To our Friends and Supporters,
The first snows coated the farm last week, signaling for us that it is time to slow down, reflect, and appreciate the season that is coming to a close. We’ve experienced so much this year as a community, both positive and negative, and yet I sense that this is just the beginning of change to come. East New York is at the intersection of many current policy issues: affordable housing, police reform, school improvement, food security, and environmental restoration. The East New York Farms! Project has worked for the last sixteen years towards making our community healthier, more livable, and more responsive to these issues.
In addition to growing food, our youth interns are learning about social change and playing a role in it. We discussed redlining and urban disinvestment in our summer workshops, and how similar patterns of demographic change played out in Ferguson. We met with Rep. Hakeem Jeffries to discuss opportunities for young people, joined the Peoples Climate March, and hosted a Youth Food Justice gathering for 10 groups from across the Northeast.
This year we celebrated many successes of our Youth Program alumni. Celeste Leandry received the Just Food McKinley Hightower-Beyah award for her commitment to urban agriculture, community leadership, and social justice. We also saw six recent alumni start college in every corner of New York State, and saw others start or continue careers as teachers, nurses, parks police, and chefs.
Our Gardener Assistance program has increased its reach: we distributed plants, compost, and supplies to 70 gardeners, held 26 workshops for the community, and sold produce grown by 48 gardeners at our market, while four other gardeners ran their own stands. We helped rebuild 40 garden beds at the Louis H. Pink Houses, and have laid plans to start a community farm there to build positive relationships and improve healthy food access.
Our markets continue to be a hub for health, community, and good food. We held 39 markets in all weather, crowned a new “Pepper Boss”, started outdoor Zumba classes, and held monthly arts events highlighting Brooklyn artists. Youth and adult community educators gave 84 cooking demonstrations throughout this year East New York and Brooklyn featuring local and seasonal ingredients, and two mini-grant recipients started free cooking classes.
Our work was covered by Al Jazeera, The New York Times, BKLYNR, and AM New York. We are also not immune to yellow journalism from the New York Post, but we responded with truth and clarity, the community rallied on our behalf, and Grist took note.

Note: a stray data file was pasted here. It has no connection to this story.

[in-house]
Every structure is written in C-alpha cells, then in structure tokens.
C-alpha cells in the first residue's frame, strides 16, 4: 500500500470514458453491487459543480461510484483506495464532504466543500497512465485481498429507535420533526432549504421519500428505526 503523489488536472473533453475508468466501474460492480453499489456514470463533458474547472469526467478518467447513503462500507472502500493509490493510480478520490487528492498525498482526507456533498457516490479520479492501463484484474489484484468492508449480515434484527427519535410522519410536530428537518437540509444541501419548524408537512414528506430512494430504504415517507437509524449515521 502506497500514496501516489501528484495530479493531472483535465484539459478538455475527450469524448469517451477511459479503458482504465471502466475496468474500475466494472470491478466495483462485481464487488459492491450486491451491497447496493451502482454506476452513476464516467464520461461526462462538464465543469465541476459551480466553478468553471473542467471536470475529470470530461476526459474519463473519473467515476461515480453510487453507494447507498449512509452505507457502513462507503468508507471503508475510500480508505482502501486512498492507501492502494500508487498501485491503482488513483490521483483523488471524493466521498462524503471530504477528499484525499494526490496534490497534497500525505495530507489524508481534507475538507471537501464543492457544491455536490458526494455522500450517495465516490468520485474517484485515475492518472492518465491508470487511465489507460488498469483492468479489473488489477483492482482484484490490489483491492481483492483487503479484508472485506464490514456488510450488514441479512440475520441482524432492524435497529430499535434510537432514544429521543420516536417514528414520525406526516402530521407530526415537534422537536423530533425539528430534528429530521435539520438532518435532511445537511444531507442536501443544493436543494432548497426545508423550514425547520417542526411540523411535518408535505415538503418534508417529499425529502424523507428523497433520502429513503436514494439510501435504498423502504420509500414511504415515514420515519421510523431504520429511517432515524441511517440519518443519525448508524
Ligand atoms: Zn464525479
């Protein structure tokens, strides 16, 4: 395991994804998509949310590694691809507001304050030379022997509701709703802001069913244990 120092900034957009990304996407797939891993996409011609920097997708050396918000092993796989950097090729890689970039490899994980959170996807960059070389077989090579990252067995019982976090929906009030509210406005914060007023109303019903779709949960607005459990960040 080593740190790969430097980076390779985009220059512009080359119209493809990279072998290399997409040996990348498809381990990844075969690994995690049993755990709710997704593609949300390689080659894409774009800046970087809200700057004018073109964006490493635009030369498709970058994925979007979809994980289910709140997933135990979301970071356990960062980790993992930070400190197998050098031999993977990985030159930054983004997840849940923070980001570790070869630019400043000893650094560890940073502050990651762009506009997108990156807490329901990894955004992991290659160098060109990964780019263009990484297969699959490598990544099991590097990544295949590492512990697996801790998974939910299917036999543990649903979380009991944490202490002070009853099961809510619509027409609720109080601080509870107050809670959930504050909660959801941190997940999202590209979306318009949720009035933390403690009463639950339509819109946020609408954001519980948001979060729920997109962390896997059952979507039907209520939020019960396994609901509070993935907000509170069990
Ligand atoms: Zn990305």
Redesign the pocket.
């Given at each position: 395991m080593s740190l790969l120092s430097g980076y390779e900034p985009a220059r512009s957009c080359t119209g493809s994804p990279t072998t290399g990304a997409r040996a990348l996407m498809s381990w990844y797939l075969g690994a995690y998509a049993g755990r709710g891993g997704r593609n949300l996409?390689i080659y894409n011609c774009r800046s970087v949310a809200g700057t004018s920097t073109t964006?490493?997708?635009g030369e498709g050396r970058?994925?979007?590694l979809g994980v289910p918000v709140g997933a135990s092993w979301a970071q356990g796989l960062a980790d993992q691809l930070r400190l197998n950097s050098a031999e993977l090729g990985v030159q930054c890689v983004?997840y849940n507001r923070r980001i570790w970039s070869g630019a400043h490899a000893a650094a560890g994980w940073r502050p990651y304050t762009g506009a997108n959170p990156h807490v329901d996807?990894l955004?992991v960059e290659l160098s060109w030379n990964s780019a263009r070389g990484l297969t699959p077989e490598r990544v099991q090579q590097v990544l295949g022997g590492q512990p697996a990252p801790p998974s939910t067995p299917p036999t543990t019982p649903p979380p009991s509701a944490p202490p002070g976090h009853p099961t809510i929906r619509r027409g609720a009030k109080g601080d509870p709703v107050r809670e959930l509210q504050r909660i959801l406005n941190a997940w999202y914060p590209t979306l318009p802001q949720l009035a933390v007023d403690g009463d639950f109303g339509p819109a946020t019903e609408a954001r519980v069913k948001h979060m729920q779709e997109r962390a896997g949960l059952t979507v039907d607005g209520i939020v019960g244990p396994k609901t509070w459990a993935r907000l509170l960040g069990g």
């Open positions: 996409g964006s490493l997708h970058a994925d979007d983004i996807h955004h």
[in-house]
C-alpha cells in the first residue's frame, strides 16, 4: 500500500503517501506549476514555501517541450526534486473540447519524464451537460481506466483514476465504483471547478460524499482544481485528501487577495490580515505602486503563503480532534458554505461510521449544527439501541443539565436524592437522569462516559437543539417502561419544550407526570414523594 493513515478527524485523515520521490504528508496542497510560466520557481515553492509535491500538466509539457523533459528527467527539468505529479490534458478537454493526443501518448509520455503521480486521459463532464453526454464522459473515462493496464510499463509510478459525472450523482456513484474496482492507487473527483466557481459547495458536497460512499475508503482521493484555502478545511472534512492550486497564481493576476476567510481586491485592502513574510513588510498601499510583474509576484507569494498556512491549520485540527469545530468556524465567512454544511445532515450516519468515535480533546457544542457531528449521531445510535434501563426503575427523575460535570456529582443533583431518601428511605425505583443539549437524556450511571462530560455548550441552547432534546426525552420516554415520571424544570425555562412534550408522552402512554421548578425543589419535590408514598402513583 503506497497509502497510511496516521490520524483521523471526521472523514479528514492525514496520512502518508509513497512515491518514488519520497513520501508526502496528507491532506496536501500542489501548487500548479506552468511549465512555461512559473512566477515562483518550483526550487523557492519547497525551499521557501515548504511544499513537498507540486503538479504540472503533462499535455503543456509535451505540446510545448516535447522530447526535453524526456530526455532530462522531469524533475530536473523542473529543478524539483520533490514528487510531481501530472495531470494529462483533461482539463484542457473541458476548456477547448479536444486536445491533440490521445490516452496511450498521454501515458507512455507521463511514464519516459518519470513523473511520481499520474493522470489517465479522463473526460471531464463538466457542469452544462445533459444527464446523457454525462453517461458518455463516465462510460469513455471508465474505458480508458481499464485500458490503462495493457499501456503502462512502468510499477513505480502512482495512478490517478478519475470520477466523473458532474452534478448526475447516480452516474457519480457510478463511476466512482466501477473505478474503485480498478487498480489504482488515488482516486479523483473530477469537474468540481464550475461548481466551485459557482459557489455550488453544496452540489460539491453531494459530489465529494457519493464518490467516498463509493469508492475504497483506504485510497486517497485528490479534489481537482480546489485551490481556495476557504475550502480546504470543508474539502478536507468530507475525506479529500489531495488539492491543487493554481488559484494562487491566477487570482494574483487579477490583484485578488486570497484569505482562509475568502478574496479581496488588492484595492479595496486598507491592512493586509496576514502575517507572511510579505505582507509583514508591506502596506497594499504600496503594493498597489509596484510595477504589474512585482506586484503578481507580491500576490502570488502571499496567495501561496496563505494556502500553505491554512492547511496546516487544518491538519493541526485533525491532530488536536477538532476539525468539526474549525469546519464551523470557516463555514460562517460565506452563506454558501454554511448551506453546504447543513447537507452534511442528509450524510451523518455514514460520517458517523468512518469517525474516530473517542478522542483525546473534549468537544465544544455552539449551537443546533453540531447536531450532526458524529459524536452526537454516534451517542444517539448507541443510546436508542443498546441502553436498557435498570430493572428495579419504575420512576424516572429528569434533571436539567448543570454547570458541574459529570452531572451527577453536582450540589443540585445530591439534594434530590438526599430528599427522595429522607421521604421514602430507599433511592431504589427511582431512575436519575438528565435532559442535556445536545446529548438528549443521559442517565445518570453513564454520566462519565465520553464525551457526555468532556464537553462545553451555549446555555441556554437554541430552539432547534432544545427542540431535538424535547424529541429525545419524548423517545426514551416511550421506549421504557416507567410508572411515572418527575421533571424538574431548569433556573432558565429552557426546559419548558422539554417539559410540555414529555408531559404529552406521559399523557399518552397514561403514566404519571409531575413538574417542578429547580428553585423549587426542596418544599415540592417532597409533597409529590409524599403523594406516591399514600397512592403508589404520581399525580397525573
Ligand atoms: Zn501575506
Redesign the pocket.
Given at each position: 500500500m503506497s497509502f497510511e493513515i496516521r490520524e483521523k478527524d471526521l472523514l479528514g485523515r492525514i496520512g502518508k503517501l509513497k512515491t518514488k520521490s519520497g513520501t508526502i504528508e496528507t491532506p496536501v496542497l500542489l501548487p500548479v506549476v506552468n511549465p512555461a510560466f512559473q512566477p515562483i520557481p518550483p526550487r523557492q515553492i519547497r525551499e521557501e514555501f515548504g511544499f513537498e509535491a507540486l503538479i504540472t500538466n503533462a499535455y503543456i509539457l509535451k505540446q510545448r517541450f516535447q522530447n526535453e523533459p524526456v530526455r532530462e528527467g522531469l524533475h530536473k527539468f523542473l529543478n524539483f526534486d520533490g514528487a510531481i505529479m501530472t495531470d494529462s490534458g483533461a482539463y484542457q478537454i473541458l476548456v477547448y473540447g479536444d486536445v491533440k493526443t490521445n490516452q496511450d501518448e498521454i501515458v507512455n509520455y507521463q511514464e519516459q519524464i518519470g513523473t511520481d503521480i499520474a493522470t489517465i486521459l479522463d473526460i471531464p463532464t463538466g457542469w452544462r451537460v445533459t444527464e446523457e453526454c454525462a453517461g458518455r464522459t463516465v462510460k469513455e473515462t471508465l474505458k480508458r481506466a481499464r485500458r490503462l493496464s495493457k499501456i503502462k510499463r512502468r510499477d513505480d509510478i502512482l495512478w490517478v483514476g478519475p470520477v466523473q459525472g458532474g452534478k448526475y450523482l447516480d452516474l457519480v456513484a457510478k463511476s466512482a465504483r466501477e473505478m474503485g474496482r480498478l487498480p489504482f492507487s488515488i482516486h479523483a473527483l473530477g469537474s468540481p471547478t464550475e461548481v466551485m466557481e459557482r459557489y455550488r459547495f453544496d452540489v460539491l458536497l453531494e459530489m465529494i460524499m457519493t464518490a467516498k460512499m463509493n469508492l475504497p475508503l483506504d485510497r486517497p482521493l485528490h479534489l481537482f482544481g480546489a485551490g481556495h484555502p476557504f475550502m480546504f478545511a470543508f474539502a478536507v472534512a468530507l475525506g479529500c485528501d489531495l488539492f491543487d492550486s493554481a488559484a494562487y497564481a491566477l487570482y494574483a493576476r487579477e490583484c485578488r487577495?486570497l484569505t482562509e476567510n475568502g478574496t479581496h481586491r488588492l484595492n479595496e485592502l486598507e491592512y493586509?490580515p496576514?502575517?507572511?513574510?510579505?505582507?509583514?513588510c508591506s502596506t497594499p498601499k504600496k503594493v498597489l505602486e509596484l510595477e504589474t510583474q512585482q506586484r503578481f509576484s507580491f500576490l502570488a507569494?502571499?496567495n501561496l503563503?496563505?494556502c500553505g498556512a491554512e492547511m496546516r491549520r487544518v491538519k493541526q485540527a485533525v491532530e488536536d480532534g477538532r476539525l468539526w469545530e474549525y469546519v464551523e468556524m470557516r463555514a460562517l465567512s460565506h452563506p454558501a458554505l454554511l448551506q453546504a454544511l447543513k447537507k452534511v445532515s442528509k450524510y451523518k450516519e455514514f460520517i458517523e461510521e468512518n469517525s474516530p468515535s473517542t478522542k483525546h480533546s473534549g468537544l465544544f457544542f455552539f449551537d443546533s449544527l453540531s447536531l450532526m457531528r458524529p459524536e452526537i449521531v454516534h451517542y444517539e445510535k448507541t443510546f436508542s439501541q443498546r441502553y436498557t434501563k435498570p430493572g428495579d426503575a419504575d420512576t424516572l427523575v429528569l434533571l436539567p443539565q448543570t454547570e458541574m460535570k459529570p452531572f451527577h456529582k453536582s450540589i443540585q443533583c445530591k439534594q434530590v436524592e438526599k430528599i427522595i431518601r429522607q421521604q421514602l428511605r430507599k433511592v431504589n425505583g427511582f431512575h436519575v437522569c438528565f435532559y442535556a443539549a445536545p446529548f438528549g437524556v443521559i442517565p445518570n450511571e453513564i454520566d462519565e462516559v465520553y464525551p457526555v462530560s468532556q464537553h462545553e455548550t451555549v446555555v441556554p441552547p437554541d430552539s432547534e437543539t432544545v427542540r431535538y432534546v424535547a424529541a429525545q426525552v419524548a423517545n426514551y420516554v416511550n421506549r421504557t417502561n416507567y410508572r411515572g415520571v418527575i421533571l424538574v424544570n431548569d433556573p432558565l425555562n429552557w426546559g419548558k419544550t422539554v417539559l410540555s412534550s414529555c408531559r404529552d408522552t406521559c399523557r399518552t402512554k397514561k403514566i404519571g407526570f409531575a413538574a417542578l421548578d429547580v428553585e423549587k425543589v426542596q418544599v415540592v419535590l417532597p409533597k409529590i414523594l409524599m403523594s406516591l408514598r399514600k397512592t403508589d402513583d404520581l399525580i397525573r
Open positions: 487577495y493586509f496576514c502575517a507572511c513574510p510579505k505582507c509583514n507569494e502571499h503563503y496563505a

This year United Community Centers celebrated 60 years of organizing for change in East New York, and it is clear that our project is as relevant as ever. If our work resonates with you, I would encourage you to make a donation or consider becoming a “60 for 60” monthly sustainer. Most importantly, I encourage you to stay engaged in your community and support grassroots groups committed to change around issues that are important to you, as I truly believe that they are leading the way towards a better future.
East New York Farms!
It was with disappointment, but with little surprise, that we read the article “The Root of All Evil” in this Sunday’s New York Post. This article is the third that Gary Buiso has written concerning lead contamination in NYC garden soils--his fear-mongering, faulty reasoning and sham investigative reporting are typical of the New York Post. These articles undermine the efforts of Cornell University scientists, the Parks Department, and greening organizations across the city who are working to educate the public about lead risks, and they undermine the work our organization has done to improve food access, build relationships, and address inequality in our community. With little support and with few other options for accessing fresh produce, NYC residents in every borough have transformed blighted vacant lots into vibrant and productive gardens, and Mr. Buiso seems intent on shaming and attacking them for their work.
I spoke at length last week with Mr. Buiso and Mr. Feuerherd about our awareness of the tests, our communication and support from Cornell University and GreenThumb (NYC Parks Department), our farming practices, and our efforts to support and educate urban gardeners in safe growing practices. I spent nearly forty minutes explaining our use of soil barriers, regular applications of compost, and our use of wood chips and cover crops to build and maintain lead-free soil. In the past two years we have partnered with the Department of Sanitation to distribute over 5000 bags of NYC Compost to East New York gardens, and applied over 10 cubic yards of new compost to our farm. Mr. Buiso makes no mention of this in the story. Why? Because well-reasoned science, proactive responses towards risk reduction, and transparency do not make for good cover stories in the Post.